Given the priesthood of Christ, and by extension the priesthood of all believers who are called by Christ to participate in the offering of himself “once for all”, what then is the role of the person standing at the altar, who looks and acts priestly, who does seemingly priestly things, all the while uttering prayers that proclaim the priesthood of Christ and of all the faithful in him? Inasmuch as the liturgy denies that it is a sacrifice by pointing to the real sacrifice, the priest too embraces the fact that he or she is in fact not a priest in a special or elitist sense, but is an enduring and fitting symbol of the priesthood to which Christ calls all the faithful. The ordained priest provides the form of that which is signified, all the while denying his or her own individualistic claims to that priesthood. As Bishop Sumner writes, “All this is done to the service of the One who is the real and only Priest, who redefines, fulfills, and ends all priesthood in himself. The minister at the table is a counter-sign that works by its own displacement, by becoming a great finger stretched away from oneself and toward the dying Jesus at the center of the Church’s life” (Being Salt, 25).

Bishop Sumner further develops this understanding of the symbolic role of the priest in the midst of the congregation by drawing our attention to Christ’s words in the Sermon on the Mount: “You are the salt of the earth” (Mt 5.13). Here Christ clearly means the church as a whole is to preserve the words and will of Christ, and it thereby possesses a distinct zest or flavor in comparison with the outside world, making the church noticeable and attractive. But as Bishop Sumner explains, at their ordination priests take up the identity they already possess as Christians, and become “salt” in a new, indelibly symbolic way. As our bishop writes,

Saltiness as Jesus commands it defies the contrast between being and function. It is clearly something they are to be, and yet to be salt inherently implies rendering certain services for another… salt does these by what it is for them. The metaphor and the dominical saying on which it is founded seem well to suit the concept of being a “sign for,” which takes into itself both sides of the being/doing dichotomy. (Being Salt, 101)

Hearing and being obedient to our Lord’s call to “be salt” as a priest implies that one is a priest of Christ; “being salt” in turn implies that the priest is salt for the Church, and by extension, the world. This involves renouncing our own personal claims to represent the Church to itself, and finding that those of us who have been ordained are only able to be ourselves inasmuch as our entire being points to Christ. Through their symbolic life, then, priests are used by Christ to maintain the ‘saline levels’ of his body, the Church.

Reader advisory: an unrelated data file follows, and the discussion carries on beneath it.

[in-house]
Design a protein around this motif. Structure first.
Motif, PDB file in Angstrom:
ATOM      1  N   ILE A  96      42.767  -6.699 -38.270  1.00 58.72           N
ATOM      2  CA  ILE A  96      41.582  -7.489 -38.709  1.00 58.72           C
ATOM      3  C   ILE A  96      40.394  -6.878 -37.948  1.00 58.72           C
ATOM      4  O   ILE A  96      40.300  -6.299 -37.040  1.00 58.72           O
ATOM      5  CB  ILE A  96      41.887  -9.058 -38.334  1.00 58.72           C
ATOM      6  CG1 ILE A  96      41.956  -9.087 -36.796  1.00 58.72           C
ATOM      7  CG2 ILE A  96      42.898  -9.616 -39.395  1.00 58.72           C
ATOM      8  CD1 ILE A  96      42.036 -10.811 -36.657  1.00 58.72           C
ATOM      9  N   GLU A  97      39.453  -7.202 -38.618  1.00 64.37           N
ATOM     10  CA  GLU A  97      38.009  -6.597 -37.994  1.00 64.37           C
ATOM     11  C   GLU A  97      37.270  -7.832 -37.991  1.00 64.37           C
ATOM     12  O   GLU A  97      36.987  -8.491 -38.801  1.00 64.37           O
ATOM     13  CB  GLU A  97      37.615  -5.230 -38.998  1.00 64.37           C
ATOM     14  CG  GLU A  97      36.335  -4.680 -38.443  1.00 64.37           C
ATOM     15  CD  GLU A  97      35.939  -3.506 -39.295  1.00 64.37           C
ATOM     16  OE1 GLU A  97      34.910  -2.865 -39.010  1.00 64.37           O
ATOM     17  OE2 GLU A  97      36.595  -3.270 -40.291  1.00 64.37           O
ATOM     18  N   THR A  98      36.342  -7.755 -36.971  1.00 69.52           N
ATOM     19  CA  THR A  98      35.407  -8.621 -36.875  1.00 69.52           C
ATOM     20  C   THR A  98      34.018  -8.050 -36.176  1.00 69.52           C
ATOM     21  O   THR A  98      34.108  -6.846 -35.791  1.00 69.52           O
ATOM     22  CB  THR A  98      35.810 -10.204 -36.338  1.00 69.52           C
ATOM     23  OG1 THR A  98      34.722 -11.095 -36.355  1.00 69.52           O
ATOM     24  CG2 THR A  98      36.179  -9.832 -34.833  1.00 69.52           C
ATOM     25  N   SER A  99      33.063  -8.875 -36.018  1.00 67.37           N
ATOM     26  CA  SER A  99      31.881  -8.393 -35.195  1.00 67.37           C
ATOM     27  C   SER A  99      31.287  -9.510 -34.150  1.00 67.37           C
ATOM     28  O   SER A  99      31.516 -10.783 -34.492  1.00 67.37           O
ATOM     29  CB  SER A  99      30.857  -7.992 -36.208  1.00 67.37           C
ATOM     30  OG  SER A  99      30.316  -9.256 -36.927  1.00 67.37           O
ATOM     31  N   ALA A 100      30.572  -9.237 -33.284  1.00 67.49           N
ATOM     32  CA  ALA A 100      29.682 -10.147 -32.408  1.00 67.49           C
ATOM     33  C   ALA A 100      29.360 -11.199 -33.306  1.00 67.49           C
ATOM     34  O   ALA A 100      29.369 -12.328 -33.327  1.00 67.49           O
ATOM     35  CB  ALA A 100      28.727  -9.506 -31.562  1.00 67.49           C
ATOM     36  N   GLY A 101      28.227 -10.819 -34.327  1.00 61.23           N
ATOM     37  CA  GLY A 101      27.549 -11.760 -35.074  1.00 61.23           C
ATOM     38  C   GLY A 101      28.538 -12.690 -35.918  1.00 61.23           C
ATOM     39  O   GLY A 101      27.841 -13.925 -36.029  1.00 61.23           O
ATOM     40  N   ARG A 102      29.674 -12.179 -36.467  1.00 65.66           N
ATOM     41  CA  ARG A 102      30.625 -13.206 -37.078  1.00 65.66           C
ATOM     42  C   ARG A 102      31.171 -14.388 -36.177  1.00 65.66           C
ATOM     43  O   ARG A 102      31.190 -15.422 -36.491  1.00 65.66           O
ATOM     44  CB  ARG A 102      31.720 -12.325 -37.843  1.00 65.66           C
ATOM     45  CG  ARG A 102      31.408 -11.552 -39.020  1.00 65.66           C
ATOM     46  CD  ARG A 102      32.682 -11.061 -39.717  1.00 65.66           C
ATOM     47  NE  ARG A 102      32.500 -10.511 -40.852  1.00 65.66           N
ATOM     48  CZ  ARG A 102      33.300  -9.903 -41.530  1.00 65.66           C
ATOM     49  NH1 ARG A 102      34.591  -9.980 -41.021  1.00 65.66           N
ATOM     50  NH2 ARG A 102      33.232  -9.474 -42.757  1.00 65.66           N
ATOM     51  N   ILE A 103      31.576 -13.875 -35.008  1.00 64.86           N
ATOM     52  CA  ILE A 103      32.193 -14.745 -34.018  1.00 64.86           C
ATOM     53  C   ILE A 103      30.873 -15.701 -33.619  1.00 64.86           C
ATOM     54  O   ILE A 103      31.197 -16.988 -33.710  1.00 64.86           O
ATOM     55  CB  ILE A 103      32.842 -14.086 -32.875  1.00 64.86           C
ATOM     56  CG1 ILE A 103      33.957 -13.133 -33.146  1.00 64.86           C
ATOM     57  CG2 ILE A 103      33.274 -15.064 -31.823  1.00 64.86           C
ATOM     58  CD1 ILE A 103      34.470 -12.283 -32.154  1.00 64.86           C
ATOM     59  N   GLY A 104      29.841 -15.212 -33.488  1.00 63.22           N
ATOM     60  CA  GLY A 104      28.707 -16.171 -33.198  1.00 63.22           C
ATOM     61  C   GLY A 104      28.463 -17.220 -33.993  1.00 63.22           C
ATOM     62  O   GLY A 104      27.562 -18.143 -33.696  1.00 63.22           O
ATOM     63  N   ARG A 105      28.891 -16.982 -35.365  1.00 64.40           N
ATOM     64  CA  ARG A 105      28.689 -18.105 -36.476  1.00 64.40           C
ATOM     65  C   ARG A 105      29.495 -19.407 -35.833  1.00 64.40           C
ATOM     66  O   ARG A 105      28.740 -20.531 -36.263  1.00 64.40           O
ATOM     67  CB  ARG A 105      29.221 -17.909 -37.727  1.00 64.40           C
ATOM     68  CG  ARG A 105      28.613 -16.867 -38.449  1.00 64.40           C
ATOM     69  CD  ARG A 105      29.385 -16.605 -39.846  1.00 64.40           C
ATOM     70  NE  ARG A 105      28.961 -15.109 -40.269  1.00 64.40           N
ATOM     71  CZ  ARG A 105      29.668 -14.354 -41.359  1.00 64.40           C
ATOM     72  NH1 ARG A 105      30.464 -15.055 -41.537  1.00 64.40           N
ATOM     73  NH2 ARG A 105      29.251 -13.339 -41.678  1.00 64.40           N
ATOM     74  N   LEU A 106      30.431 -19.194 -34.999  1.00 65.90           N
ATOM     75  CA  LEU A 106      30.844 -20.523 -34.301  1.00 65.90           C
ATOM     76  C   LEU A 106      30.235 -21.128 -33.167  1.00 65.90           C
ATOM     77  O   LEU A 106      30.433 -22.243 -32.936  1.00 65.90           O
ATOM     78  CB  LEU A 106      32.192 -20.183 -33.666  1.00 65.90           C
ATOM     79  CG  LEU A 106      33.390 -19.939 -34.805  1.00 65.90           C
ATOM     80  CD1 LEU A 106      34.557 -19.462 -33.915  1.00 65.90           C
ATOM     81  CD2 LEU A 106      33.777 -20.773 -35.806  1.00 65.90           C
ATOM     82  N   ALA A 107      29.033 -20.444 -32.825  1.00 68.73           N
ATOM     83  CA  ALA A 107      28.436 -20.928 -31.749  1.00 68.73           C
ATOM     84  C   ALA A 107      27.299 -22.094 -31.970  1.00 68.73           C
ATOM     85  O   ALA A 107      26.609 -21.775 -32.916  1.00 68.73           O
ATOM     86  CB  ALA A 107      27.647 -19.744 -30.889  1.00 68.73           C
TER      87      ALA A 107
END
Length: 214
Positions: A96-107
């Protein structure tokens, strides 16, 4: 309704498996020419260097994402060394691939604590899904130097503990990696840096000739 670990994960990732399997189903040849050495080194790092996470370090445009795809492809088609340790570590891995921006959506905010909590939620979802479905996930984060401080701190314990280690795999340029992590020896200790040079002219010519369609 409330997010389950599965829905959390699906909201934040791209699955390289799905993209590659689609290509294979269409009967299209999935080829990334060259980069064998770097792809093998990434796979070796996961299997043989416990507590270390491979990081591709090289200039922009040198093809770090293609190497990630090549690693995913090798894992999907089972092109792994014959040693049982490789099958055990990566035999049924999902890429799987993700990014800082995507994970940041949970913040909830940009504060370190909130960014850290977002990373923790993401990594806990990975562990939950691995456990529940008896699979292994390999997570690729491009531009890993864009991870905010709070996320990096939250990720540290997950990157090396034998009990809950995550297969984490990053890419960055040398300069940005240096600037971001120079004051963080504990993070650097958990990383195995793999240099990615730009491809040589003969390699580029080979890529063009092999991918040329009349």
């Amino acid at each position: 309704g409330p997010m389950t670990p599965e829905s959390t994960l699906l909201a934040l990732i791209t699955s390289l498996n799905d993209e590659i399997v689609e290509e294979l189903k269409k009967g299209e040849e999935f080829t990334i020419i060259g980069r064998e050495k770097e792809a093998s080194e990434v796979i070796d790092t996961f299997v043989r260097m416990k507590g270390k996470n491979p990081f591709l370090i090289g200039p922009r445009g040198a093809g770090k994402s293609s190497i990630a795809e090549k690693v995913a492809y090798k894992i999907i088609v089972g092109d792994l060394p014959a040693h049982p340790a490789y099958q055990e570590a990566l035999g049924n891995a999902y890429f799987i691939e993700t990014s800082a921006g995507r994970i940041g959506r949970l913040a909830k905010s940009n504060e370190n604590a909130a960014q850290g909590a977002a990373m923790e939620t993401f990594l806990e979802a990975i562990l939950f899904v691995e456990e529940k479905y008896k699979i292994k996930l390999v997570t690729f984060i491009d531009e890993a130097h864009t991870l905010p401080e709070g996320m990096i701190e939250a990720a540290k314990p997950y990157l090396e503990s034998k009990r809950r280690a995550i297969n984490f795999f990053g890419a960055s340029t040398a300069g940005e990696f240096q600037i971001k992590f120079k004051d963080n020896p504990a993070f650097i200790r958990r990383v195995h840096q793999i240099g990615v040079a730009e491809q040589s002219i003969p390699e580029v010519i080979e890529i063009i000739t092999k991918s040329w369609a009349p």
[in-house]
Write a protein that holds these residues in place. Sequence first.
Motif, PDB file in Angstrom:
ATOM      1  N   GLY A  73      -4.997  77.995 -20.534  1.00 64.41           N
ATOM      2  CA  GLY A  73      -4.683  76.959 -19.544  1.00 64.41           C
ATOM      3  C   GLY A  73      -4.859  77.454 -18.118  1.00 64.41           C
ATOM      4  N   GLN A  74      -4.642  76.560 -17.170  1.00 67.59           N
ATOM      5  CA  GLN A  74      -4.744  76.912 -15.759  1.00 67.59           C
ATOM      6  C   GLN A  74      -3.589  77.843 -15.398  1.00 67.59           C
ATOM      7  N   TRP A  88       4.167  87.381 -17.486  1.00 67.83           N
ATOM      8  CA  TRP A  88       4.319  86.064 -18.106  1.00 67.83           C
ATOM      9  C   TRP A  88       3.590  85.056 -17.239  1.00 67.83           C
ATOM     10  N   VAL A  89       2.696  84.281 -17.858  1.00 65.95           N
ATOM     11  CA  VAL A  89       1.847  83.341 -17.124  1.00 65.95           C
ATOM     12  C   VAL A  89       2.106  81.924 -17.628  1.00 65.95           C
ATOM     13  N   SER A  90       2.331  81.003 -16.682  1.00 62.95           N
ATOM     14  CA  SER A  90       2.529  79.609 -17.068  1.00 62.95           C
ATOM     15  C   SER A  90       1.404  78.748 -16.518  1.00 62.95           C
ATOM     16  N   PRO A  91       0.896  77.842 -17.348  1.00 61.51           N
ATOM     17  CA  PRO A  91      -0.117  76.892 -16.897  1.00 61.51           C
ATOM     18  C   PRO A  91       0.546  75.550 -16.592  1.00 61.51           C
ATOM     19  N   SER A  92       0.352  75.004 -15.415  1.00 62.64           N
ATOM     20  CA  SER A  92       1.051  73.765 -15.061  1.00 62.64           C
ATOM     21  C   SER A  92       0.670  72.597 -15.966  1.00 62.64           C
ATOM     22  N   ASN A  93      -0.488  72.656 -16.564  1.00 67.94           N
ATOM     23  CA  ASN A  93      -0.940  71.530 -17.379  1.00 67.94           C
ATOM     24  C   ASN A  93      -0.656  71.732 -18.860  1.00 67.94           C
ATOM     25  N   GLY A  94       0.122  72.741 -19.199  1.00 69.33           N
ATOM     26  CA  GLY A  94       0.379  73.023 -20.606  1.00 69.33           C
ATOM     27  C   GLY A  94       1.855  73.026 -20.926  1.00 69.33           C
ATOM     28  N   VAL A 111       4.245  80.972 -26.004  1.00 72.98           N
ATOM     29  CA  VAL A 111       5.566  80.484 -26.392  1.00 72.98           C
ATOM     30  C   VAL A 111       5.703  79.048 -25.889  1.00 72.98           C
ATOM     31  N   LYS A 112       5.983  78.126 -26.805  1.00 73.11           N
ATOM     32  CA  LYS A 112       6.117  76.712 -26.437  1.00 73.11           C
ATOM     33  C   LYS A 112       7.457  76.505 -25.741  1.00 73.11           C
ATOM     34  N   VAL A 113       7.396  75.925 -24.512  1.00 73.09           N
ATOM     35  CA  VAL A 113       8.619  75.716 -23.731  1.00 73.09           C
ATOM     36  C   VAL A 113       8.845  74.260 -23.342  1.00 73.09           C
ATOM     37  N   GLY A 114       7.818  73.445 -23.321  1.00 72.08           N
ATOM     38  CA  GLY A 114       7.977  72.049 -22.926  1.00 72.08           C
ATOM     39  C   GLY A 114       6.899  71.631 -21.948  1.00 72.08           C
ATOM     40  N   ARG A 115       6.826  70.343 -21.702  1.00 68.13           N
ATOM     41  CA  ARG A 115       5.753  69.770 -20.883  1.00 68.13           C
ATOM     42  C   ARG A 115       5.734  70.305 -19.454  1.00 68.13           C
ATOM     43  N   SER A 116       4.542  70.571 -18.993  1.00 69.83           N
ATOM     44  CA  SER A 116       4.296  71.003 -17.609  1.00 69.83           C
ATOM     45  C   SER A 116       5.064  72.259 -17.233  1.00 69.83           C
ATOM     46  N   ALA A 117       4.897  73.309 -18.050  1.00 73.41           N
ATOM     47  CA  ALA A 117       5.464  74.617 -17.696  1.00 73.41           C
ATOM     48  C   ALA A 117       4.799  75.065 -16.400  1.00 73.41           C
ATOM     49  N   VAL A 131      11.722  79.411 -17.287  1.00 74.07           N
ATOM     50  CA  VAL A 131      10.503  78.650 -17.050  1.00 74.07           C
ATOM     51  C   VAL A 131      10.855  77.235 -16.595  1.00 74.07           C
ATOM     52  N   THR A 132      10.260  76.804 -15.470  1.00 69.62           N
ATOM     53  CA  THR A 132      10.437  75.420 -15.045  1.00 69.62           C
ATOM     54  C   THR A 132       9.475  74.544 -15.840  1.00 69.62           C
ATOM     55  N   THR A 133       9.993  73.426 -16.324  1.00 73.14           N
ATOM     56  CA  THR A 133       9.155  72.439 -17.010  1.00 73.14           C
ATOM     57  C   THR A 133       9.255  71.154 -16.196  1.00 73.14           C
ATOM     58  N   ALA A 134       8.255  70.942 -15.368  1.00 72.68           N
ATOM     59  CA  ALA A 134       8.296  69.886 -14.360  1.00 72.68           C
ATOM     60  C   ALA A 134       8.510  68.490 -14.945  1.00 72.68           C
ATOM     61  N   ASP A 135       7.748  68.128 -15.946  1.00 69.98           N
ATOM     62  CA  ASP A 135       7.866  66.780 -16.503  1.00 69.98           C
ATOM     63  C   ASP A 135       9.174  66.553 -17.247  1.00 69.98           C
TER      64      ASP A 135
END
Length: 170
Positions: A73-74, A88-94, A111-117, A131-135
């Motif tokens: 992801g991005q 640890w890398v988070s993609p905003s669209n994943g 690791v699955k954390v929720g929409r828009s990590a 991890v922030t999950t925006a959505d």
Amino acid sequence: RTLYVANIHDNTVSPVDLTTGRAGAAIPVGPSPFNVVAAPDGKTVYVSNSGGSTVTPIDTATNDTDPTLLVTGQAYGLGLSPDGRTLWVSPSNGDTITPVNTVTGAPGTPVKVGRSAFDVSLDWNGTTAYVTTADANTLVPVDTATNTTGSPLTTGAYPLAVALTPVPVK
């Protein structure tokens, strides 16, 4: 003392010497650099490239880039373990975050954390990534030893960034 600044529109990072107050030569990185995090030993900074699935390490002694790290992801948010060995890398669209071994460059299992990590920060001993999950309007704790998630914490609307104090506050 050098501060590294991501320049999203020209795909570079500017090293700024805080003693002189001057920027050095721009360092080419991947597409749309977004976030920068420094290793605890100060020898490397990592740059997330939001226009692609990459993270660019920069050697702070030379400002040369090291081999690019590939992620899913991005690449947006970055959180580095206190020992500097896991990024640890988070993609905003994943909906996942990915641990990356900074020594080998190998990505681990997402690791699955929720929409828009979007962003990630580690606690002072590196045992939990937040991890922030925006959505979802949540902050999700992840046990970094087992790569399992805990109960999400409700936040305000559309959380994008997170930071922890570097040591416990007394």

So what do priests do? One commonly hears ordained ministry described as leadership in the church and it most certainly is that. But it is also much more than that, as we have just seen. The vocation to the priesthood is a distinct and narrow calling which participates in the ministry of the Apostles, inasmuch as they themselves share in the ministry of Christ. Perhaps the pithiest summation of the Apostolic ministry is Paul’s explanation to the Corinthians, which contains a rich discussion of the nature of true apostolic leadership in the life of the Body. He says of their ministry, “This is how one should regard us, as servants of Christ and stewards of the mysteries of God” (1 Cor 4:1). Paul goes to great pains to point out that his ministry originated with God and not any human being; and that it is Christ he preaches, not himself. Those sharing in Paul’s apostolic ministry as ordained presbyters serve Christ their master, and they are stewards, i.e. preservers and dispensers, of the Word of God and the Sacraments. So in addition to identifying with the priestly identity of Christ, any genuine priestly vocation will express itself primarily in terms of service to Christ through proclamation of the Gospel and in the administration of the sacraments.